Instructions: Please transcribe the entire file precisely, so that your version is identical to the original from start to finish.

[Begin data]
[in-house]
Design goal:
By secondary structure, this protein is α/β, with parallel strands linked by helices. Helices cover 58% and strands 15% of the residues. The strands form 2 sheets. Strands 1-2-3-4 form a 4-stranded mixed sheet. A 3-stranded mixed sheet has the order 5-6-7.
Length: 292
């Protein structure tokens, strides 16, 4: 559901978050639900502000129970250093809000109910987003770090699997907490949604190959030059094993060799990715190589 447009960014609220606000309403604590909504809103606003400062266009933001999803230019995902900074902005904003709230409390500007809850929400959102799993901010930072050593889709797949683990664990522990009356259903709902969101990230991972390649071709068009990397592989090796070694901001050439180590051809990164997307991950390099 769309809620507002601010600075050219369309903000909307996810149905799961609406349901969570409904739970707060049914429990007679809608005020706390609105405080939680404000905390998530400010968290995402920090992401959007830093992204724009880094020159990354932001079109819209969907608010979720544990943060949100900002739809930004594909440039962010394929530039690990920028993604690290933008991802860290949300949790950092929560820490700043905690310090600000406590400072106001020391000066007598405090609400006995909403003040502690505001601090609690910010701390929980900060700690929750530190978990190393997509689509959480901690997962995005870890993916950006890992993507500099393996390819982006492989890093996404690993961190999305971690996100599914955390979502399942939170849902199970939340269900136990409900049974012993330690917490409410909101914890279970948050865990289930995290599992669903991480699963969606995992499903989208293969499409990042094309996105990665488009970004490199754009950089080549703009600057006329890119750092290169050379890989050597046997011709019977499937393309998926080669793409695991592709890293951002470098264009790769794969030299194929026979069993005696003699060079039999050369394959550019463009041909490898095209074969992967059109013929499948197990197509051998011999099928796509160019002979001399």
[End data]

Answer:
[in-house]
Design goal:
By secondary structure, this protein is α/β, with parallel strands linked by helices. Helices cover 58% and strands 15% of the residues. The strands form 2 sheets. Strands 1-2-3-4 form a 4-stranded mixed sheet. A 3-stranded mixed sheet has the order 5-6-7.
Length: 292
């Protein structure tokens, strides 16, 4: 559901978050639900502000129970250093809000109910987003770090699997907490949604190959030059094993060799990715190589 447009960014609220606000309403604590909504809103606003400062266009933001999803230019995902900074902005904003709230409390500007809850929400959102799993901010930072050593889709797949683990664990522990009356259903709902969101990230991972390649071709068009990397592989090796070694901001050439180590051809990164997307991950390099 769309809620507002601010600075050219369309903000909307996810149905799961609406349901969570409904739970707060049914429990007679809608005020706390609105405080939680404000905390998530400010968290995402920090992401959007830093992204724009880094020159990354932001079109819209969907608010979720544990943060949100900002739809930004594909440039962010394929530039690990920028993604690290933008991802860290949300949790950092929560820490700043905690310090600000406590400072106001020391000066007598405090609400006995909403003040502690505001601090609690910010701390929980900060700690929750530190978990190393997509689509959480901690997962995005870890993916950006890992993507500099393996390819982006492989890093996404690993961190999305971690996100599914955390979502399942939170849902199970939340269900136990409900049974012993330690917490409410909101914890279970948050865990289930995290599992669903991480699963969606995992499903989208293969499409990042094309996105990665488009970004490199754009950089080549703009600057006329890119750092290169050379890989050597046997011709019977499937393309998926080669793409695991592709890293951002470098264009790769794969030299194929026979069993005696003699060079039999050369394959550019463009041909490898095209074969992967059109013929499948197990197509051998011999099928796509160019002979001399």